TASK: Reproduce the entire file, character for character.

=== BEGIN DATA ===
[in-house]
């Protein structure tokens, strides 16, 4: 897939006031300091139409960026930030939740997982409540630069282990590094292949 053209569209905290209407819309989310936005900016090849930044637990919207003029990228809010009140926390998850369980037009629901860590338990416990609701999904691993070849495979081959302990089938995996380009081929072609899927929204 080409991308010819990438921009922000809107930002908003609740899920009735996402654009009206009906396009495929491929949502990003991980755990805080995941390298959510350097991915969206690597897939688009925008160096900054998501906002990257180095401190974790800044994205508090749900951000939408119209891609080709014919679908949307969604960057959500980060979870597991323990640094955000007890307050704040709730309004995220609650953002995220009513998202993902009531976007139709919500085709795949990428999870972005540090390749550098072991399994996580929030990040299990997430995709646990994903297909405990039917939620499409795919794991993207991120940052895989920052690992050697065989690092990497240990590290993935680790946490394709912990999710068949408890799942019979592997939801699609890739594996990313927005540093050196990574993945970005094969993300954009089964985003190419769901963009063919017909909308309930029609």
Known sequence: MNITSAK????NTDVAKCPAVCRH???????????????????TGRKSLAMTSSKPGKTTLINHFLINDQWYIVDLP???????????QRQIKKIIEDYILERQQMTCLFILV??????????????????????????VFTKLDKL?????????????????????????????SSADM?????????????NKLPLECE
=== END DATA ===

[in-house]
């Protein structure tokens, strides 16, 4: 897939006031300091139409960026930030939740997982409540630069282990590094292949 053209569209905290209407819309989310936005900016090849930044637990919207003029990228809010009140926390998850369980037009629901860590338990416990609701999904691993070849495979081959302990089938995996380009081929072609899927929204 080409991308010819990438921009922000809107930002908003609740899920009735996402654009009206009906396009495929491929949502990003991980755990805080995941390298959510350097991915969206690597897939688009925008160096900054998501906002990257180095401190974790800044994205508090749900951000939408119209891609080709014919679908949307969604960057959500980060979870597991323990640094955000007890307050704040709730309004995220609650953002995220009513998202993902009531976007139709919500085709795949990428999870972005540090390749550098072991399994996580929030990040299990997430995709646990994903297909405990039917939620499409795919794991993207991120940052895989920052690992050697065989690092990497240990590290993935680790946490394709912990999710068949408890799942019979592997939801699609890739594996990313927005540093050196990574993945970005094969993300954009089964985003190419769901963009063919017909909308309930029609």
Known sequence: MNITSAK????NTDVAKCPAVCRH???????????????????TGRKSLAMTSSKPGKTTLINHFLINDQWYIVDLP???????????QRQIKKIIEDYILERQQMTCLFILV??????????????????????????VFTKLDKL?????????????????????????????SSADM?????????????NKLPLECE